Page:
Lump-sum withdrawals

One of the most controversial and talked about elements of the pension reforms is the ability to withdraw some or all of your pension as a lump sum. Once again, 25% is tax-free but the remainder won’t be. Here at Acumen Financial Partnership, we strongly recommend consulting an Independent Financial Adviser (IFA) before embarking on this course of action.

It is imperative that you are fully informed and have considered the long-term implications for your retirement funds – and subsequent living standards – as well as the possible tax bill if you decide to withdraw your pension funds fully or in part.

Flexible drawdowns

As a result of the pension freedom reforms, flexible drawdown gives you the option to put some, or all, of your pension fund into an investment fund. This allows you to take out any amount, over as long or short a period of time as you want, provided you are happy to pay the tax on it. You still have the 25% tax-free element within this option.

Death benefits

The pension freedoms also introduced new rules for death benefits. Regardless of whether you choose a flexible drawdown or a lump sum, your remaining pension funds can be passed down to the next generation. You can even leave a tax-free income, but only if you die before the age of 75. After 75, the funds are taxed at the marginal rates of income tax.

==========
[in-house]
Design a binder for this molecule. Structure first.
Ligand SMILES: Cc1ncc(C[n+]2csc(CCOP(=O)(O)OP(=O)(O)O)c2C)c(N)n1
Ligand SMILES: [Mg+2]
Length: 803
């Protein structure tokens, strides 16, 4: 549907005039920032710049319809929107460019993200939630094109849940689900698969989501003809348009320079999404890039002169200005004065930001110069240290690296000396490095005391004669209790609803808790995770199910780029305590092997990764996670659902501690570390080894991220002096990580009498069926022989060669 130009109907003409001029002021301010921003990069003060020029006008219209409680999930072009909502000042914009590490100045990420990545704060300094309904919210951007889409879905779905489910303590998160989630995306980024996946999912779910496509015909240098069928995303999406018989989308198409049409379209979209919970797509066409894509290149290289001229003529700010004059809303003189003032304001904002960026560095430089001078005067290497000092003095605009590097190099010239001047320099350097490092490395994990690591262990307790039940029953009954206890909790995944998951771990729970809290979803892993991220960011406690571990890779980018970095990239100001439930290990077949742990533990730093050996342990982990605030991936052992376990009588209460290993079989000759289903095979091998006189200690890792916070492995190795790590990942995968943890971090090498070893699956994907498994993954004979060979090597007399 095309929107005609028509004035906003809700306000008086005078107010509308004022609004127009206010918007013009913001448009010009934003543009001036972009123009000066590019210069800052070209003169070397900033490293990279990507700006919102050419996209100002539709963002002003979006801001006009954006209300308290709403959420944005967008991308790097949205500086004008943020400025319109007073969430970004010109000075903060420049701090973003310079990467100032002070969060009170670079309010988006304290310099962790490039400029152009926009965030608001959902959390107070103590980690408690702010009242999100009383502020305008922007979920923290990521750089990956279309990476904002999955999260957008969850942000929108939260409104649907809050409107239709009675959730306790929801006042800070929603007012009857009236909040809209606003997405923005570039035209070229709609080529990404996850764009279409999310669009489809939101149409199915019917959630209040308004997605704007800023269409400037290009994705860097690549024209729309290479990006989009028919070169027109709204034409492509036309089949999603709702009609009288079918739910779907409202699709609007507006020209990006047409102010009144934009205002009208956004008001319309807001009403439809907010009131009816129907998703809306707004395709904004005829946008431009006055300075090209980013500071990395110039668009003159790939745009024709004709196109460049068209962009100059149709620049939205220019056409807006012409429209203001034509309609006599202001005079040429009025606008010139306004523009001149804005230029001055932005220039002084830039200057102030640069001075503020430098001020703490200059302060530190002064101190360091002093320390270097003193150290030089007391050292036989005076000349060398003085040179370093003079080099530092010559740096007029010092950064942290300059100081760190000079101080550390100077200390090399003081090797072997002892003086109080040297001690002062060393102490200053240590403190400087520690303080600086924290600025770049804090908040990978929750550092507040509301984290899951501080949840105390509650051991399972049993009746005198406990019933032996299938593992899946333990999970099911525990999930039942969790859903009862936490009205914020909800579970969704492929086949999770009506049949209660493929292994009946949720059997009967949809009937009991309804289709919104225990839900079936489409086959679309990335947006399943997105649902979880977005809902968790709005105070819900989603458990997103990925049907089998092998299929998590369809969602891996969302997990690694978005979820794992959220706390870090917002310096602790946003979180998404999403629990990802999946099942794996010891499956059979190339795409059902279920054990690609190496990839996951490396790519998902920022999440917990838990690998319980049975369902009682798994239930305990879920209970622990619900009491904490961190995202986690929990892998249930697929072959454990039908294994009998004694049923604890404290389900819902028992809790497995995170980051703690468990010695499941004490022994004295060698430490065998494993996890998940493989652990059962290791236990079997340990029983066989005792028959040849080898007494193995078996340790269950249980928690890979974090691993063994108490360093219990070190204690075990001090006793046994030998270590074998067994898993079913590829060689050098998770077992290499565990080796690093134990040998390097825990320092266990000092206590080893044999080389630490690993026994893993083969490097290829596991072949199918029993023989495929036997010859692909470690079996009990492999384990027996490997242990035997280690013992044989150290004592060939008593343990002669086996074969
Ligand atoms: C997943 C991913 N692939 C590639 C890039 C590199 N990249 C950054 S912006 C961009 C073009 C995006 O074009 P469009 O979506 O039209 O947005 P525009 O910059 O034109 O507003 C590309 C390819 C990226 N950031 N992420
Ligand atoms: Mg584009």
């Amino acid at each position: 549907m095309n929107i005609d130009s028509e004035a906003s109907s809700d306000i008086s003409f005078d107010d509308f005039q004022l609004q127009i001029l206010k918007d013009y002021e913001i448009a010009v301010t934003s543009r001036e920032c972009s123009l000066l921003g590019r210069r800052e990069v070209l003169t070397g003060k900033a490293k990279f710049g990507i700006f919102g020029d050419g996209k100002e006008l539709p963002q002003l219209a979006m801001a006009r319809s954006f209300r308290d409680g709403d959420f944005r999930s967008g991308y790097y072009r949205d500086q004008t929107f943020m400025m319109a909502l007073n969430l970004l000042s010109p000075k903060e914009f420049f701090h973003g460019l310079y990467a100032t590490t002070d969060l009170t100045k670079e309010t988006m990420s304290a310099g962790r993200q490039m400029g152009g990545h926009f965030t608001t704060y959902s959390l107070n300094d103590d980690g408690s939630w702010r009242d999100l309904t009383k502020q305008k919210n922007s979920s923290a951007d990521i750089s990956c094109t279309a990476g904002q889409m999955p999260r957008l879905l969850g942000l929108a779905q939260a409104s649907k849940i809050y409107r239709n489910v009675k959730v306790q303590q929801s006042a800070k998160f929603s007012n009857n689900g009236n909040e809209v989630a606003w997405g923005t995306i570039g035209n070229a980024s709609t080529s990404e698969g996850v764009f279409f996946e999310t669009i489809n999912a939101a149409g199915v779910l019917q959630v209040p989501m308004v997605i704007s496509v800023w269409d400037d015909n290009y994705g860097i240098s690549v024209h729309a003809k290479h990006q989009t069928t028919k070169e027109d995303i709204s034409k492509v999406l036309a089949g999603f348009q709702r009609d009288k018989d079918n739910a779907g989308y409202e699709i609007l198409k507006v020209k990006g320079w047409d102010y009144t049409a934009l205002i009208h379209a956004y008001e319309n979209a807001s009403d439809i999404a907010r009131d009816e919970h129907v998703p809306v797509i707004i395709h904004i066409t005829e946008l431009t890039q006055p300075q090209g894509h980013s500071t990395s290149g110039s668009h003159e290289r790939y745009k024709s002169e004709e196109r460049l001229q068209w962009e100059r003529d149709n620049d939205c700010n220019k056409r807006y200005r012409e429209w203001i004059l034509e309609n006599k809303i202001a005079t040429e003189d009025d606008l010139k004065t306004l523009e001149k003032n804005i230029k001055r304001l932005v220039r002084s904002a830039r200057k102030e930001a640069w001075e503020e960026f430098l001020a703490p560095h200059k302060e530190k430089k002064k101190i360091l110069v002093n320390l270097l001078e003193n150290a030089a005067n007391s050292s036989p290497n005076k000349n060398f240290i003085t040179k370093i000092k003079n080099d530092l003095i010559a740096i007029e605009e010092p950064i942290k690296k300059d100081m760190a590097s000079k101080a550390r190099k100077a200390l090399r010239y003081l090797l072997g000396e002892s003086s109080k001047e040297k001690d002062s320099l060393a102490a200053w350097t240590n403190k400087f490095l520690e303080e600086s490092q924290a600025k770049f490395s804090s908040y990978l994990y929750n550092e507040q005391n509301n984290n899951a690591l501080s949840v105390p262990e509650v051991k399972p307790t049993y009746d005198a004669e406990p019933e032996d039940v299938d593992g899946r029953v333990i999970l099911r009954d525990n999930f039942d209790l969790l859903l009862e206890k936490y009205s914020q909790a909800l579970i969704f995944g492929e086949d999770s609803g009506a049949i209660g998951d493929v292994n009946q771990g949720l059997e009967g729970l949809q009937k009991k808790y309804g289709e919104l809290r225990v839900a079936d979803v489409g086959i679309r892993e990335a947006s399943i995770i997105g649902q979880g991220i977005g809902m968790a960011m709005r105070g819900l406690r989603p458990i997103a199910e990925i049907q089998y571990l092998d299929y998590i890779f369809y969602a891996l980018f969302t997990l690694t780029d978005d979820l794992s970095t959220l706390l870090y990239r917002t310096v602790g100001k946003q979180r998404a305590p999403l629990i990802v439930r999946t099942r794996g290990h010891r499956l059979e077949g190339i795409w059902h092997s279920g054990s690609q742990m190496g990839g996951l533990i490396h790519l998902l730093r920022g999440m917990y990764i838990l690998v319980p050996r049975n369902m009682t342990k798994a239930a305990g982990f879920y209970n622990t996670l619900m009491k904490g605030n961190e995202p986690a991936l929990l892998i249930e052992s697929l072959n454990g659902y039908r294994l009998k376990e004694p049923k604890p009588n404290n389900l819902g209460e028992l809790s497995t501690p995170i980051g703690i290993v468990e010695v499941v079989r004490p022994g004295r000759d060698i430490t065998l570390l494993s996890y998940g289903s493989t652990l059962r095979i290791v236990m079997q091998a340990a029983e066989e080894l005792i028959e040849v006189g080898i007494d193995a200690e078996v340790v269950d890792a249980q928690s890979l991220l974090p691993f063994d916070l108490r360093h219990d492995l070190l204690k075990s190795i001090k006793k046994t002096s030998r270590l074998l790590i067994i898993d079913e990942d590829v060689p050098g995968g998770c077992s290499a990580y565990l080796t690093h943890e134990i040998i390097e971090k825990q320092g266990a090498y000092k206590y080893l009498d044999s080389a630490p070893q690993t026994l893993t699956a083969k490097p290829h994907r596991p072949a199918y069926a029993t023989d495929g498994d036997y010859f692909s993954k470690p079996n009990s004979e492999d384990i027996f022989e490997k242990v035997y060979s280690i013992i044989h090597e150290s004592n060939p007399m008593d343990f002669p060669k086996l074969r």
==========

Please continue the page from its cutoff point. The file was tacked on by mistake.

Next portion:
Do pension freedoms apply to all types of pensions?

The pension freedoms only really focus on private pensions in which either you or you and your employer, have saved up a pot of cash for retirement. These are generally referred to as a defined contribution or money purchase pension. This means that the pension freedoms do not apply to state pensions or any pension in which you will be paid a proportion of your final salary. This type of pension is referred to as a defined benefit pension.

Expert pension advice from Acumen Financial Partnership

Contact our team of expert Independent Financial Advisers for clear, tailor-made pension freedom advice. Our team can review your current financial situation and devise retirement and financial planning strategies that will help you get the most out of your retirement.

For more information regarding the pension freedoms or for tailored pensions advice, contact Acumen today on 0151 520 4353 or email us at info@acumenfinancial.co.uk.

Key Benefits

Our IFAs are extremely knowledgeable about the pension freedom reforms and wider pensions landscape. We pride ourselves on taking the time to get to know you and your situation first, before offering tailored pension advice. We will always put your long-term best interests at heart to ensure that you can enjoy a long and comfortable retirement.

The pension freedoms only apply to defined contribution pension pots. Not to be confused with defined benefit pension pots, which are often called ‘financial salary’ pension schemes. As long as you are not already taking your pension, you can transfer your pension fund to a defined contribution pension fund from a defined benefit pension. However, you should discuss this with your IFA before taking any action.